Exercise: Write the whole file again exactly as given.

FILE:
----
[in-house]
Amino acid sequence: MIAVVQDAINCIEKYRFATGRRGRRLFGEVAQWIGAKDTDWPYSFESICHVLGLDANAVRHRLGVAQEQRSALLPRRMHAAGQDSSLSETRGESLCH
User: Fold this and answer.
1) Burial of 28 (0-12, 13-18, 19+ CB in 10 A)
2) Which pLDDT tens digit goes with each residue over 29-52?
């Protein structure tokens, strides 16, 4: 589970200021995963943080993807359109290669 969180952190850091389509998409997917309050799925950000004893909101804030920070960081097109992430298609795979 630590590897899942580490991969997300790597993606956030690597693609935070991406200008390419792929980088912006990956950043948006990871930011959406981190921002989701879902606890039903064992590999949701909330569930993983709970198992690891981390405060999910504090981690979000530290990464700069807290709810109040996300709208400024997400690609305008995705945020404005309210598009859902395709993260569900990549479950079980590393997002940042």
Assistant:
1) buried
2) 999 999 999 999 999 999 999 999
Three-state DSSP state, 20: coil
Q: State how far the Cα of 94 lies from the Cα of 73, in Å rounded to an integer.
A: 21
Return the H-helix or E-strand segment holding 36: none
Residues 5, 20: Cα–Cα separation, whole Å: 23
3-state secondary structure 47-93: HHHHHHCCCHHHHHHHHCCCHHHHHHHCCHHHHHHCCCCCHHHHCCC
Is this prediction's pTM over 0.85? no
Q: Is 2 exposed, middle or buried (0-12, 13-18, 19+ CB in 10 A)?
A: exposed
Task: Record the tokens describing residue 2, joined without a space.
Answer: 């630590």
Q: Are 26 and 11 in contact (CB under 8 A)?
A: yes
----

[in-house]
Amino acid sequence: MIAVVQDAINCIEKYRFATGRRGRRLFGEVAQWIGAKDTDWPYSFESICHVLGLDANAVRHRLGVAQEQRSALLPRRMHAAGQDSSLSETRGESLCH
User: Fold this and answer.
1) Burial of 28 (0-12, 13-18, 19+ CB in 10 A)
2) Which pLDDT tens digit goes with each residue over 29-52?
């Protein structure tokens, strides 16, 4: 589970200021995963943080993807359109290669 969180952190850091389509998409997917309050799925950000004893909101804030920070960081097109992430298609795979 630590590897899942580490991969997300790597993606956030690597693609935070991406200008390419792929980088912006990956950043948006990871930011959406981190921002989701879902606890039903064992590999949701909330569930993983709970198992690891981390405060999910504090981690979000530290990464700069807290709810109040996300709208400024997400690609305008995705945020404005309210598009859902395709993260569900990549479950079980590393997002940042």
Assistant:
1) buried
2) 999 999 999 999 999 999 999 999
Three-state DSSP state, 20: coil
Q: State how far the Cα of 94 lies from the Cα of 73, in Å rounded to an integer.
A: 21
Return the H-helix or E-strand segment holding 36: none
Residues 5, 20: Cα–Cα separation, whole Å: 23
3-state secondary structure 47-93: HHHHHHCCCHHHHHHHHCCCHHHHHHHCCHHHHHHCCCCCHHHHCCC
Is this prediction's pTM over 0.85? no
Q: Is 2 exposed, middle or buried (0-12, 13-18, 19+ CB in 10 A)?
A: exposed
Task: Record the tokens describing residue 2, joined without a space.
Answer: 């630590």
Q: Are 26 and 11 in contact (CB under 8 A)?
A: yes